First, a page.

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Indigenous culture comes to the walls of Waverley Drive Public School

Waverley Drive Public School students paint mural with help of Odawa Anishinaabe artist

A colourful mural now stands inside Waverley Drive Public School all thanks to students and artist Michael “Cy” Cywink.

Cywink is an Odawa Anishinaabe artist, author, curator and Muralist. He said he has helped students with over 50 murals since 1980. 

For this mural, students were given the theme, water is life, healing through colour. 

“As human beings we rest in the womb of our mother which is water and that when we come out it’s with the flow of water,” said Cywink.

In the mural there are fish which live in the water, moose on the land need water to live, and eagles in the sky which also need water.

Cywink said he shared with the students what the animals represent regarding clans and totems. Respect for all animals was something he wanted the students to take from the making of the mural.

“A satisfaction of accomplishment of recognizing First Nations design,” Cywink said he wants people to take away from viewing the mural.

Images of animals, many from Cywink’s portfolio, were projected onto the wall were then traced out and later filled in with paint.

Cywink had some of the art students trace the mural first and later on students from Grade 7 and 8, one from Grade 6 chose the colours they wanted to paint the mural with.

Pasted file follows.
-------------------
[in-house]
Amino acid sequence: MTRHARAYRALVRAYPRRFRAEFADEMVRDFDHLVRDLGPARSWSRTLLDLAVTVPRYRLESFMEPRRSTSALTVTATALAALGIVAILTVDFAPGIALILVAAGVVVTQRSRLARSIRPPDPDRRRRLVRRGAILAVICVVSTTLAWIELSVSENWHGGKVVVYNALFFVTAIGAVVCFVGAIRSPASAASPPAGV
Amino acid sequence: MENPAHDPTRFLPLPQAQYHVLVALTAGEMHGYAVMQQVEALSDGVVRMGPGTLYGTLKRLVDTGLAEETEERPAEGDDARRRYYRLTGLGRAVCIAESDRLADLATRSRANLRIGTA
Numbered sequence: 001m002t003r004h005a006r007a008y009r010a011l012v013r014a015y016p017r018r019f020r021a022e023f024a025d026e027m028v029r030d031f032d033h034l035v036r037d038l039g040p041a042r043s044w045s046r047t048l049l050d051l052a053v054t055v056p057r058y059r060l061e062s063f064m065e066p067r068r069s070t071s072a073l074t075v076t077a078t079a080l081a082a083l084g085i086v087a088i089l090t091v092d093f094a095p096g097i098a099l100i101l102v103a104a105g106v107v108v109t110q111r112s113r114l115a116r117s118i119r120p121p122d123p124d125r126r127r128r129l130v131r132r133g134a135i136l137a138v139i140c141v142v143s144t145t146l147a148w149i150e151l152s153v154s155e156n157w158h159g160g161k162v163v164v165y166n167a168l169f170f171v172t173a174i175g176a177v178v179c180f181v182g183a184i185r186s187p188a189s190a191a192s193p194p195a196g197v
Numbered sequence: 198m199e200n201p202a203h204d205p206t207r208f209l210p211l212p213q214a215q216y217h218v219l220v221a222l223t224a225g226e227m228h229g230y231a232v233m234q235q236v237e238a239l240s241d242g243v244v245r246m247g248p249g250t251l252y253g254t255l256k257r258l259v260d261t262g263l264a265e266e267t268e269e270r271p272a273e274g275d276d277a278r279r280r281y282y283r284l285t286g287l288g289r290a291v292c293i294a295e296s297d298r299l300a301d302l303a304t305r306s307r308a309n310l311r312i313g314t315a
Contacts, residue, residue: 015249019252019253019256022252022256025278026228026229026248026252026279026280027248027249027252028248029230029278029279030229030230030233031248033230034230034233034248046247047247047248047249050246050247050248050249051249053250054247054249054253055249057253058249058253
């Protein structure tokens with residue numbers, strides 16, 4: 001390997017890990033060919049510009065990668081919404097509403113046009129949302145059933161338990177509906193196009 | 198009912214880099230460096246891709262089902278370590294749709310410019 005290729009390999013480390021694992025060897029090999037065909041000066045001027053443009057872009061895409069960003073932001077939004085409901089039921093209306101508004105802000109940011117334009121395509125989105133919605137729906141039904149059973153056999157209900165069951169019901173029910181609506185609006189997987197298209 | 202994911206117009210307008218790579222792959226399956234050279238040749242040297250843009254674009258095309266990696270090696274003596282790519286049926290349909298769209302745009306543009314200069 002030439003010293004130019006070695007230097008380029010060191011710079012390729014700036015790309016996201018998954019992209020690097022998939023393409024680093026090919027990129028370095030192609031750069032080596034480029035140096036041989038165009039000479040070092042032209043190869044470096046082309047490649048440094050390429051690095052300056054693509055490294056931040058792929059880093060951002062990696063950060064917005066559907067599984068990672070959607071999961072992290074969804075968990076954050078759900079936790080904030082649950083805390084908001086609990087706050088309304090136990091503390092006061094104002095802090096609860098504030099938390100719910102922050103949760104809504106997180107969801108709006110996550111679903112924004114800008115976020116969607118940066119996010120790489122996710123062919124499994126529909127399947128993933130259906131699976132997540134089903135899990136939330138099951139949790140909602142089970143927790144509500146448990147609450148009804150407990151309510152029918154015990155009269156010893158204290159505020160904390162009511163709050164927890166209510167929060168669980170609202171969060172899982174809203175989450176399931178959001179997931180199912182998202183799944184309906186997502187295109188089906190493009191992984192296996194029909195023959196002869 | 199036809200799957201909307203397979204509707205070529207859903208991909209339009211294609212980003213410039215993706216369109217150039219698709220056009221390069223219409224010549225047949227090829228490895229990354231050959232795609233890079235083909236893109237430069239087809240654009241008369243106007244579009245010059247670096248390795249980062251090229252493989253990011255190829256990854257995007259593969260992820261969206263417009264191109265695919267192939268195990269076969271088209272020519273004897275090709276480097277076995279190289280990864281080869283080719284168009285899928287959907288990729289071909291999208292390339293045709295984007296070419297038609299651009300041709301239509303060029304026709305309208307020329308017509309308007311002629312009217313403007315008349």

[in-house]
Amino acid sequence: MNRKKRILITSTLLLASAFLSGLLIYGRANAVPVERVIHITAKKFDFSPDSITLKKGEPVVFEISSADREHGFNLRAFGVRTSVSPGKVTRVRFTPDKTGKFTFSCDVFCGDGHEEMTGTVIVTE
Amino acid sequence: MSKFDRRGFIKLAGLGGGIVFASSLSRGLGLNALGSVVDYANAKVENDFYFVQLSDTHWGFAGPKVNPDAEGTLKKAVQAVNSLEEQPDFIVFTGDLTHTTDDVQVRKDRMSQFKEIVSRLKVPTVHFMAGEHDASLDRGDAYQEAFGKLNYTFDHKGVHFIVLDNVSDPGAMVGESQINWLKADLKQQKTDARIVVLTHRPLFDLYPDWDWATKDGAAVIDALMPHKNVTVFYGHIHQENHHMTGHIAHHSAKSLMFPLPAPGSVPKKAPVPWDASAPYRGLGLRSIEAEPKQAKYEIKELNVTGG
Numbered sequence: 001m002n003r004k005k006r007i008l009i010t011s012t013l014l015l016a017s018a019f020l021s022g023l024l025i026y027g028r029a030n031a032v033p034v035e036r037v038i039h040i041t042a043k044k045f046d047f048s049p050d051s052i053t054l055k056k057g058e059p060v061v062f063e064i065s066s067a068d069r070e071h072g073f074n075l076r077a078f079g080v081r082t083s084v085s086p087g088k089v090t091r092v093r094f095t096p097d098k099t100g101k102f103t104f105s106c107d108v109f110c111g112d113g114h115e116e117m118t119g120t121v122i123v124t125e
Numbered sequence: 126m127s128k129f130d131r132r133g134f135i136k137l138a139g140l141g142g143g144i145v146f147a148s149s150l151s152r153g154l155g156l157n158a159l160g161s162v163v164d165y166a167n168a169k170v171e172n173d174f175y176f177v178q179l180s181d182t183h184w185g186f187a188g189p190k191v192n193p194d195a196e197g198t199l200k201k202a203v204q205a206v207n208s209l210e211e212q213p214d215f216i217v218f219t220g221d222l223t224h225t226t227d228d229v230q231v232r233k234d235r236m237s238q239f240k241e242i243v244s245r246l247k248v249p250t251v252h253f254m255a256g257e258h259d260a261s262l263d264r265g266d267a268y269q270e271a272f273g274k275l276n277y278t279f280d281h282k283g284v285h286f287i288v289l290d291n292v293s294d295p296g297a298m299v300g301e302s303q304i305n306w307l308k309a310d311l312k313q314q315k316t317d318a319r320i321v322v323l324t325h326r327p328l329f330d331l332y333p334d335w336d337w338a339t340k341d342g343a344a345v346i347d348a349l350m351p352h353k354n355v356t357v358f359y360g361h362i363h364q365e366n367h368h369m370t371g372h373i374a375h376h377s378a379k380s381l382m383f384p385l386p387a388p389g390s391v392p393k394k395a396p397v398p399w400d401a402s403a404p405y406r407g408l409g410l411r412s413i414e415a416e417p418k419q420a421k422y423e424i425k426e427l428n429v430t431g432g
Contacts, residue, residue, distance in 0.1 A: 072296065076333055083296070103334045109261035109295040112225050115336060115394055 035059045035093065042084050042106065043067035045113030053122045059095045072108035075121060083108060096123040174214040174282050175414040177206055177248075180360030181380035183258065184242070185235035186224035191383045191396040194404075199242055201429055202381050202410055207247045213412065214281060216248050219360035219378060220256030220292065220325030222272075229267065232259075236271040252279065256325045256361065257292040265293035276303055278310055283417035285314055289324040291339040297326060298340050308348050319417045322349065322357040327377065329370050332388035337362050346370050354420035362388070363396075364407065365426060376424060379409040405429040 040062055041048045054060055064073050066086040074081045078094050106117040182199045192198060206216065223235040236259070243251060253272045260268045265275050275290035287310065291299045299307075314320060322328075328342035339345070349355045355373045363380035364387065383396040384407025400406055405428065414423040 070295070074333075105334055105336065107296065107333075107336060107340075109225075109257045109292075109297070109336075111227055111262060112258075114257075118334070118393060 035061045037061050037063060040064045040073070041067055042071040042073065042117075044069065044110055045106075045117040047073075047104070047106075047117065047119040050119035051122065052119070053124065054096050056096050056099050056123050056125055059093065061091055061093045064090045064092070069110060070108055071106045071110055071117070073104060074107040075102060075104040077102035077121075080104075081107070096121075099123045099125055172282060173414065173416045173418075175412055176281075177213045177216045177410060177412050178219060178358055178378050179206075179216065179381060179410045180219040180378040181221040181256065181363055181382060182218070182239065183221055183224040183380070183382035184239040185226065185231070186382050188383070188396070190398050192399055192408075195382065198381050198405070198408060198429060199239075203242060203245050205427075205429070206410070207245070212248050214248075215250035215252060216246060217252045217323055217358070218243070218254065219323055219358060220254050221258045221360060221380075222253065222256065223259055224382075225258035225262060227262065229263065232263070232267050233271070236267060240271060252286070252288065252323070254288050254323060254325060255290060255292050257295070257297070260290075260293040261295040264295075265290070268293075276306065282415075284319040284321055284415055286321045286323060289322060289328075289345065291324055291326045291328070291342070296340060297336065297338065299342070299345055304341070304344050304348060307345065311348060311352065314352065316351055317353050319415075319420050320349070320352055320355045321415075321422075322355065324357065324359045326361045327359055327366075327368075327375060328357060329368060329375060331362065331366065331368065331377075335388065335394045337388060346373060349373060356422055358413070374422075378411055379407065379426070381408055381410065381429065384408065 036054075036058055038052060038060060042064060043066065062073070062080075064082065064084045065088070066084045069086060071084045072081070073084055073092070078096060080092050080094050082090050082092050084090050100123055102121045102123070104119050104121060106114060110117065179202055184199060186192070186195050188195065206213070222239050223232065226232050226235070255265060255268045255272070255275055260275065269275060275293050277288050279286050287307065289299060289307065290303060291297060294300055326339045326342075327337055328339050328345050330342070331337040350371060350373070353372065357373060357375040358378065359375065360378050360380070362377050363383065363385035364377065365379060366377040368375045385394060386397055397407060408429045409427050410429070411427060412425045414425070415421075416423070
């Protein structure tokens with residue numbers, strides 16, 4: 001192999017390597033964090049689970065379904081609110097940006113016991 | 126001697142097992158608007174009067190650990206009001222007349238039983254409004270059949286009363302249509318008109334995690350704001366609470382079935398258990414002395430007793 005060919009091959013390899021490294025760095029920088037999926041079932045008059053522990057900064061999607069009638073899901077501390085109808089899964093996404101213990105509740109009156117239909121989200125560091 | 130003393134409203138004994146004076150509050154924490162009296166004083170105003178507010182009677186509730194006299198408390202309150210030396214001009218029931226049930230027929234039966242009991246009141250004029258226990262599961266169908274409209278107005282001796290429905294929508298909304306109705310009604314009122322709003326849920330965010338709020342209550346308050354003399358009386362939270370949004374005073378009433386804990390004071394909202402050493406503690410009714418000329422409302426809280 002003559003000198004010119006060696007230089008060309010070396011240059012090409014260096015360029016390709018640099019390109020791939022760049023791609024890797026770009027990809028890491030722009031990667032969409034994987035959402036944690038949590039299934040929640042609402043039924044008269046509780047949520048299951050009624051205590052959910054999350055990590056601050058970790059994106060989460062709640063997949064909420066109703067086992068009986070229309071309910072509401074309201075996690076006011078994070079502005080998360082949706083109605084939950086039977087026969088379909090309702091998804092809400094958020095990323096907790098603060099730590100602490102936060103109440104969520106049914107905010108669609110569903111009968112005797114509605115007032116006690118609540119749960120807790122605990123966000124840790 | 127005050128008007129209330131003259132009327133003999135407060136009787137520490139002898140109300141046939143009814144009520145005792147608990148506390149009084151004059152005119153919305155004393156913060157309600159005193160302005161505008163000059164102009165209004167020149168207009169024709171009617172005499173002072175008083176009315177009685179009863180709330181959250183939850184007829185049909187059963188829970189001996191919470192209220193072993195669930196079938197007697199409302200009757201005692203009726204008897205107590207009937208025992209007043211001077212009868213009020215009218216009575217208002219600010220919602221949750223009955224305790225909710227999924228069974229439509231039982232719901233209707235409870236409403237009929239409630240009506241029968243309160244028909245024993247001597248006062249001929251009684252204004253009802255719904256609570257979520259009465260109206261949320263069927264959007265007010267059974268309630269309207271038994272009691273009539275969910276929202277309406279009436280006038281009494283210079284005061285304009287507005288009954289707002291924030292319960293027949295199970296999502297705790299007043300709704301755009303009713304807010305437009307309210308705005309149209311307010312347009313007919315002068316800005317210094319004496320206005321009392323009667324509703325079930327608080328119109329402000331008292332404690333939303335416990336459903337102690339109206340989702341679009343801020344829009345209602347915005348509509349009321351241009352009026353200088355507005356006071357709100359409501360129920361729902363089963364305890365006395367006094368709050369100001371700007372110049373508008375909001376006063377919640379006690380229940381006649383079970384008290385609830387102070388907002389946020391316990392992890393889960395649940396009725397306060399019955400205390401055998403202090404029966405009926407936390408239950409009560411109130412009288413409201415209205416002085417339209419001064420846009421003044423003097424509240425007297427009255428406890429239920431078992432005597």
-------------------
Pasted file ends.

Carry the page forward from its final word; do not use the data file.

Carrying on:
He said he wanted the students to put their good energy into the mural so when people walked by they could feel it.

“They’re getting authentic learning and sharing,” said Cywink.

The colours represent what the students feel and are not the typical colours you would see on animals in Canada.

“They aren’t the colours they are supposed to be because people still look at them and they know an otter is an otter, a marten is a marten, a fish is a fish,” said Cywink.

Waverley Grade 8 students Karis Ruppenthal and Eve Arnold worked on the mural.

“Being able to choose what colours you feel would fit the best,” Ruppenthal said was her favourite part of the mural painting process.

“I’m really grateful for this opportunity and learning experience and it was amazing how they could come in and guide us through it,” she said.

“I did this really detailed fish on it that I really liked with pastel colours,” said Arnold.

Cywink said he was really impressed with the students at Waverley and the mural they made. 

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Santana Bellantoni

About the Author: Santana Bellantoni

Santana Bellantoni was born and raised in Canada’s capital, Ottawa. As a general assignment reporter for Guelph Today she is looking to discover the communities, citizens and quirks that make Guelph a vibrant city.
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